The Pack

Tuscarora's Student News

The Pack

The Pack

Movies You Need To See – Rear Window

Movies You Need To See – Rear Window

By: Tyler Garling

There have been plenty of directors whose names are synonymous with the film industry, but none of them have been as influential as a man from London: Alfred Hitchcock. The number of classic movies Hitchcock made is astounding. They range from Vertigo to Psycho, and through his films, Hitchcock has defined the suspense and psychological thriller genres. I still find it hard to comprehend that Hitchcock has never won Best Director at the Academy Awards. Though his 1954 film Rear Window earned him a nomination for the category, I tend to doubt that the Academy ever saw the masterpiece. Please, don’t make the same mistake the Academy did.

James Stewart is an icon in film. The man has starred in so many spectacular films, like It’s A Wonderful Life, Harvey, and Mr. Smith Goes To-confined photographer L.B. Jefferies. The rear window of Jefferies’ apartment overlooks the rest of the complex. During the day, he passes his time watching his neighbors going about with their day. He stumbles upon an older man, Lars Thorwald (Raymond Burr), who has an argument with his wife. Later, Jefferies notices that Thorwald’s wife is nowhere to be seen. Perhaps Mr. Thorwald’s cleaning of a knife and saw can provide some answers.

Jefferies discusses his observations with his girlfriend Lisa Fermont (Grace Kelly) and his nurse Stella (Thelma Ritter). Together, they toss around theories of what may have happened to Mrs. Thorwald. Ultimately, they decide it has to be murder!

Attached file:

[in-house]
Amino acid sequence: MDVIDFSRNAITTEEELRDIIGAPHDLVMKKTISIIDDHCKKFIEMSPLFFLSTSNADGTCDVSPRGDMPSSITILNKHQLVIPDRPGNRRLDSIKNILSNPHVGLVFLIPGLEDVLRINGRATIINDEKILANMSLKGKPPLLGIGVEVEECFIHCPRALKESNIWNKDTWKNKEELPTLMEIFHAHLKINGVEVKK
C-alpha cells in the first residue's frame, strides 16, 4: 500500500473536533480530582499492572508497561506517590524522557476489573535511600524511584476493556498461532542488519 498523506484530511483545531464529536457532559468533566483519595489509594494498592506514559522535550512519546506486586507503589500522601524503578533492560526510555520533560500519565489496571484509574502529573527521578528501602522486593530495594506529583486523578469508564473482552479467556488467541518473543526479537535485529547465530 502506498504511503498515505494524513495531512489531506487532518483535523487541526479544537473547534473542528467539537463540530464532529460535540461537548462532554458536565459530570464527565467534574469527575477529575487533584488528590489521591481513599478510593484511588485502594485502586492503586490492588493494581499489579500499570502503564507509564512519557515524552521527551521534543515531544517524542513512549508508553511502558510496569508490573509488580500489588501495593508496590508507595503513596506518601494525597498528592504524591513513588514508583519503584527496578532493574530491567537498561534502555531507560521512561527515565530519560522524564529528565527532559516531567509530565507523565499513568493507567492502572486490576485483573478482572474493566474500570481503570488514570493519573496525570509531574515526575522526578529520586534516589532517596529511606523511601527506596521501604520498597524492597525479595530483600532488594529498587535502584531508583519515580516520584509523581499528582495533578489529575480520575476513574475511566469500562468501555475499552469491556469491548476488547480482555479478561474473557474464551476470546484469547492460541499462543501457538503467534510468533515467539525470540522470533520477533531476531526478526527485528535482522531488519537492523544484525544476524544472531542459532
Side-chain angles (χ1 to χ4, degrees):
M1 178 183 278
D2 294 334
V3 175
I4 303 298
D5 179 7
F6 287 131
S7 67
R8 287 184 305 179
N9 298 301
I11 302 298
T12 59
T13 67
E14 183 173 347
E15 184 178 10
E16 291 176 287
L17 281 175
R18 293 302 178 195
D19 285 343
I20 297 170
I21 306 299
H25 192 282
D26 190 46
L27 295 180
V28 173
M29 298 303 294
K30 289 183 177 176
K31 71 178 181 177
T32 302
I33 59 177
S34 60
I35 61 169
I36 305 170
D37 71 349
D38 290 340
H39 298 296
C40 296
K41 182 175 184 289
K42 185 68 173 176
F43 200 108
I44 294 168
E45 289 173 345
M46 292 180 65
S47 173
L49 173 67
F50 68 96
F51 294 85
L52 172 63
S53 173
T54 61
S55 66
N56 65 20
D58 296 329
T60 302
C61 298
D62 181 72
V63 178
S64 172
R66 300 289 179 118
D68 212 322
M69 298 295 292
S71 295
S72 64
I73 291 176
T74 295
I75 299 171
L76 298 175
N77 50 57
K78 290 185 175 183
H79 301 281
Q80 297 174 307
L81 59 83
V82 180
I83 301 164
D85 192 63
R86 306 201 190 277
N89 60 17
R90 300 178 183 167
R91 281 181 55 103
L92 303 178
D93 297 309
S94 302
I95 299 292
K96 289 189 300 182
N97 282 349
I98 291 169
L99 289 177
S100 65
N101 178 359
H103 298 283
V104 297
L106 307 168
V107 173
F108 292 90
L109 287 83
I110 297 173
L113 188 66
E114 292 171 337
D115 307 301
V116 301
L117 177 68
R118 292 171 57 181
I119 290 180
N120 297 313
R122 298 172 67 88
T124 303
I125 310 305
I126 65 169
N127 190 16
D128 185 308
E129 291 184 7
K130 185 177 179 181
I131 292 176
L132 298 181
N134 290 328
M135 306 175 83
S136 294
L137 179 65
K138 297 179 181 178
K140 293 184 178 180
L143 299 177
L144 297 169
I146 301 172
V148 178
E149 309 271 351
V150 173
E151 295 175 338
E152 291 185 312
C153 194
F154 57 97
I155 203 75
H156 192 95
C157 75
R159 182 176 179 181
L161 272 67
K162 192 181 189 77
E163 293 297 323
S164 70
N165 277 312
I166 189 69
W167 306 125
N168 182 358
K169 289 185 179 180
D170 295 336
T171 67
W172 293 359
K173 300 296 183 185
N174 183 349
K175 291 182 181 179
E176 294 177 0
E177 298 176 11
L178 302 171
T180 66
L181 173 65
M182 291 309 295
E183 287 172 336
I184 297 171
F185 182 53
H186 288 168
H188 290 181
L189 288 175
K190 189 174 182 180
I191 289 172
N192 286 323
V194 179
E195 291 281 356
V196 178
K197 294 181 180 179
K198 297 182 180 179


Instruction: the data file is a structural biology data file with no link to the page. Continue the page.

Rear Window is suspense at its finest. I can watch this movie over and over and I’ll still be on the edge of my seat. Hitchcock’s use of camera angles is also very interesting. In Rear Window, most of what the audience sees is what Jefferies sees. This makes the complex seem like its own little world. We only see what’s going on in Jefferies’ world, and not the outside world. If you want to watch a movie that uses point of view well, pick Rear Window. The point of view is very important in developing the themes of the movie.

A major theme in Rear Window is what fascinates us. Is Jefferies watching his neighbors out of boredom or curiosity? In many ways, the movie reflects how we view the outside world and the people surrounding us. Simply put, people fascinate us and when we notice something very interesting, we want to know more. Rear Window has a very interesting soundtrack also.

I always pay attention to the music in movies but, in Rear Window, there isn’t any. The entire film is diegetic, which means that the music, sounds, and speech all come from the environment. Many films struggle to pull this off, but Rear Window does it with ease.

I tend to wonder if the Academy ever regrets denying Hitchcock of Best Director. Almost every filmmaker out there has been influenced by the British genius, and many will continue to be influenced by him. Rear Window is easily one of his greatest films. The masterpiece has even been selected for the National Film Registry, an honor not many movies have. Rear Window will always be one of my favorite movies, and I have no doubt that it will be one of yours too. And for all of you photographers out there, try not to break a leg. You may discover something you wish you hadn’t.

Leave a Comment
More to Discover

Comments (0)

All The Pack Picks Reader Picks Sort: Newest

Your email address will not be published. Required fields are marked *